Around year three of my new-found life I got a call I never expected to receive. My dad had passed away while on vacation in the Virgin Islands. My whole life was swept up in this whirlwind of emotions I had never felt before. Because of my past history with anxiety and depression I was again prescribed medication. A daily antidepressant as well as some panic pills to be taken when I felt out of control. I couldn’t eat, I couldn’t sleep. I would watch the hours tick by on the clock next to the bed at night. I spent two weeks with my family before flying back home when I was expected to return to my daily life like nothing had happened. I remember feeling like I just wanted the world to stop spinning. That the most heartbreaking thing was that life continued on without him. I was so heavily medicated I felt like I was watching myself go through the motions of everyday life. I no longer feared death, it was something I fantasized about. Some days were darker than others. I developed unhealthy coping mechanisms to numb the pain. I didn’t want to feel anymore. I picked up a second job and went from one shift to the next, hoping to busy myself to the point where I didn’t have time to think about it. I tried again that year to end my life. I woke up on my kitchen floor in a pool of my own blood, a massive headache, and my dog’s head on my chest. She became my reason to get up in the mornings. I forced myself to get out of bed to walk her and take care of her. She saved me from myself. As strange as it seems the thought of what would happen to her if I weren’t there any longer made me focus on taking care of myself and getting better. I started going out with friends again and living a somewhat normal life, instead of just holing myself up like I had been. I stopped taking the medicine and began to deal with my emotions on my own, and positive ways to redirect my thoughts and feelings. Life began to even itself out again.
About 2 years after I lost my dad I decided to move closer to my mom. I packed my car up and did the cross country journey again, this time with my dog in tow. I moved in with my boyfriend (now husband). We soon found out I was pregnant. While I was scared shitless he was ecstatic. We got married, moved into a house that was of more appropriate size for our growing family. It was the happiest time of my life. I had a great job, we were excited for our baby to come in December. I still had some emotional days because I wished so badly that my dad could be a part of all this excitement, and moving back to where I grew up really stirred up some memories but I got through it with the help of my husband.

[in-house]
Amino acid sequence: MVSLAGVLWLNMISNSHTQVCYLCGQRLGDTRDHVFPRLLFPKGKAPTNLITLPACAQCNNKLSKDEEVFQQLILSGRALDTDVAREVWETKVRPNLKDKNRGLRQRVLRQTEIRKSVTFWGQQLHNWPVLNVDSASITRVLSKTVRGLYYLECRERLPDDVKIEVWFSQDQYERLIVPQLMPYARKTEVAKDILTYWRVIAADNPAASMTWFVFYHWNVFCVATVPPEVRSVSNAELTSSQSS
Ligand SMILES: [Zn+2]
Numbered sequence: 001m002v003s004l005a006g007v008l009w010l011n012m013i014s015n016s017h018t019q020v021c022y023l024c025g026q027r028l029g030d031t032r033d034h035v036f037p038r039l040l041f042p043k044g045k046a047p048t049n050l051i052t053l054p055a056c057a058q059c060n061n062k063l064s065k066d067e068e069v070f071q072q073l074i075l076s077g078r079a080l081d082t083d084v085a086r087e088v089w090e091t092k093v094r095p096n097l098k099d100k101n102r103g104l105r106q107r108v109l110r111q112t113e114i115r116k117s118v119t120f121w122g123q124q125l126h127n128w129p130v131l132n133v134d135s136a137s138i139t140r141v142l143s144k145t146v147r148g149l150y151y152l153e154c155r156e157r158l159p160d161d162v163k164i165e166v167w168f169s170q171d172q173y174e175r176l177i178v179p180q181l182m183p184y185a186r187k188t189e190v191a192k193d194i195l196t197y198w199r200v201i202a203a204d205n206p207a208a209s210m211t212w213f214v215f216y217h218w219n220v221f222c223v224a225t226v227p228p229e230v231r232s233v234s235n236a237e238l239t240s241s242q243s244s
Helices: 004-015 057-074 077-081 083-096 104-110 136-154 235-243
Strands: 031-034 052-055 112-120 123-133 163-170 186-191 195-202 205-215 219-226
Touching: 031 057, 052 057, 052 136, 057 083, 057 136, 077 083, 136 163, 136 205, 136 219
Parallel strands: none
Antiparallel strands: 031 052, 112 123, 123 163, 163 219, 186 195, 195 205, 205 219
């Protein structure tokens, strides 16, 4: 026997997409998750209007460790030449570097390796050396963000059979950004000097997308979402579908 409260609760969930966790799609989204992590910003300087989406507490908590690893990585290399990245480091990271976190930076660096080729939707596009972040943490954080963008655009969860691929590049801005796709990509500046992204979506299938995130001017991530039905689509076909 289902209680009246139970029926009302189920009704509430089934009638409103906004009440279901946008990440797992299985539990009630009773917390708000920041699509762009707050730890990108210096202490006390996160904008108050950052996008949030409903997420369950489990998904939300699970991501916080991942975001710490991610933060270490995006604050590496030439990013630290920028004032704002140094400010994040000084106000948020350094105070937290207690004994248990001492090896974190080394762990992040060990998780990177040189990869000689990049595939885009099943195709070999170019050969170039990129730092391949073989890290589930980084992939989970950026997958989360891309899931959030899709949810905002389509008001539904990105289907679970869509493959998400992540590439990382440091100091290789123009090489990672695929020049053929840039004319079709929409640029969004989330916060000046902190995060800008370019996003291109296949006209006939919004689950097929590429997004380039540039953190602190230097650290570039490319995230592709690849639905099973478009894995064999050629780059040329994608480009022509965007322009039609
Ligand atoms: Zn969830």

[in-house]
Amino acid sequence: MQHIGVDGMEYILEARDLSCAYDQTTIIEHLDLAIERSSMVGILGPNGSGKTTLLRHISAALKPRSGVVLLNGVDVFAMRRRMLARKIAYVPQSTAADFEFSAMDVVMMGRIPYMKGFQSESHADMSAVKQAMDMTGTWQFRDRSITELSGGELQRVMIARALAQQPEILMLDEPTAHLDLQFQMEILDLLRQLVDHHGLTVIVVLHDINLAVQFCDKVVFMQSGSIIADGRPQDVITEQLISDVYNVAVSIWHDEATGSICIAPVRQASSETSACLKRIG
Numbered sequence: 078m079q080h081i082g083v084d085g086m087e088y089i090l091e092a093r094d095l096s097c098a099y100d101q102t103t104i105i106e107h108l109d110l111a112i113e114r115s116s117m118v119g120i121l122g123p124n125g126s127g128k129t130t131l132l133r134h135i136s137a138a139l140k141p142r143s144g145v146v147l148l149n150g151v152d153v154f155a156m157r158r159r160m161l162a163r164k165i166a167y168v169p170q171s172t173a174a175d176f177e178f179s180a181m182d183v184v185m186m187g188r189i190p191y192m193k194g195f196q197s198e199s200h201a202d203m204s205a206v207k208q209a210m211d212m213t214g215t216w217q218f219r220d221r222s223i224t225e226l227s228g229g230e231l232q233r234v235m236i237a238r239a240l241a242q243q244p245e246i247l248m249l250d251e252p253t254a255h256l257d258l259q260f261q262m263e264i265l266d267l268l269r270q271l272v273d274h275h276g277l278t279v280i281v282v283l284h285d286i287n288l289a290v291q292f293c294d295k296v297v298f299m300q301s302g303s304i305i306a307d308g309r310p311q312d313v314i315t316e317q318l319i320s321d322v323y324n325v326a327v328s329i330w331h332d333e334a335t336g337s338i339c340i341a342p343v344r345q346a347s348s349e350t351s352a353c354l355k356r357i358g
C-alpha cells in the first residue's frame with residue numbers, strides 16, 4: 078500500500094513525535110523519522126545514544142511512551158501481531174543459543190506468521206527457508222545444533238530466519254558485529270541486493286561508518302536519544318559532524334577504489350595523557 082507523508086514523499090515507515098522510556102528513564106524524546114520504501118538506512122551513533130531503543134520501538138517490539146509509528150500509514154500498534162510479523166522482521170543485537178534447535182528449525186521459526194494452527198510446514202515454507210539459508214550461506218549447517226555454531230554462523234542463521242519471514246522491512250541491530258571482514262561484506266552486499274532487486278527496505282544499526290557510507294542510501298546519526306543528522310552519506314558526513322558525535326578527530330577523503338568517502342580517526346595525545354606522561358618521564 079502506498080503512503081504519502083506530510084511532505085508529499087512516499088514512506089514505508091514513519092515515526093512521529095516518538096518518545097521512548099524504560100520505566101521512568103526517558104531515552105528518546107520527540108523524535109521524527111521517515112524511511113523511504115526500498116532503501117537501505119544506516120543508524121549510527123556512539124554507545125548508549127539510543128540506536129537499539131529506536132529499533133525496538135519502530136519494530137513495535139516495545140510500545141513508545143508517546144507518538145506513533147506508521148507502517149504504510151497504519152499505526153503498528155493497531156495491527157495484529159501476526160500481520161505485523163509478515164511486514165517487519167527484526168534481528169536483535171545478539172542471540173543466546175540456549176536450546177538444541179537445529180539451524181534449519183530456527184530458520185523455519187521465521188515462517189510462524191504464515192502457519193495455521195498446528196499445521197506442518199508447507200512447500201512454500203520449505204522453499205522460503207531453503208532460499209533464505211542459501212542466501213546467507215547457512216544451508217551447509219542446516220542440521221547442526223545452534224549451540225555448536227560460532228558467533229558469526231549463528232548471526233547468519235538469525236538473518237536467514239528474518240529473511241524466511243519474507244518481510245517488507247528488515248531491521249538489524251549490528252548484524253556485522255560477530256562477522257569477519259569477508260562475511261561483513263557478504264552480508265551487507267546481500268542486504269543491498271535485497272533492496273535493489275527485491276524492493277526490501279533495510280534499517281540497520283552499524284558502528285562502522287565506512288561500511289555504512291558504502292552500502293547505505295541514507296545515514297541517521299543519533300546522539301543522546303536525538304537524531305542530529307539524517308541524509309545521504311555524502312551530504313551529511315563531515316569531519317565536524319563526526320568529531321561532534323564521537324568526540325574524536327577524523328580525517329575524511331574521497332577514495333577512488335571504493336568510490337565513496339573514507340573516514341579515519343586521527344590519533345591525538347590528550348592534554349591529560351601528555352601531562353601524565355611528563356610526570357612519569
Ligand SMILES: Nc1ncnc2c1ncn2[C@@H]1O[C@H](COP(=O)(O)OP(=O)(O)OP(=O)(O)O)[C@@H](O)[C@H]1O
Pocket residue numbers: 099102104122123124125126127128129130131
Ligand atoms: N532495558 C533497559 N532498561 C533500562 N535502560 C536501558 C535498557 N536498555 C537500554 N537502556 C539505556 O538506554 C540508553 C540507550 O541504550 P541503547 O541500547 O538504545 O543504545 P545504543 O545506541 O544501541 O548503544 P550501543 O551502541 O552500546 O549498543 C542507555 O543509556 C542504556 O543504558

December 7, 2017 I will never forget. It was one of the best days of my life to date. I finally was able to hold my healthy baby boy in my arms. The first few days I was on cloud nine. He was perfect. I couldn’t believe he was mine. He was everything I had ever hoped for and then some. The hospital quickly screened me for signs of postpartum depression and then released us. The first few weeks I would have weepy days, post baby blues, but nothing overly serious.
Let me interject here and tell you I had decided that I was not going to do postpartum depression. It wasn’t going to happen to me. After all, I had the most perfect little baby, what did I have to be sad about?
Then the realization set in. I was depressed. I was constantly angry. I felt out of control. There was immense pressure to go back to work from those around me, or at least I felt there was, but had no idea where to even start to look as far as childcare. I didn’t want to go back to work. I didn’t want to leave my baby. I felt guilty for not working, but then I felt guilty for leaving my child with someone else while I was out looking for a job. I felt guilty for feeling depressed when I had so much to be thankful for.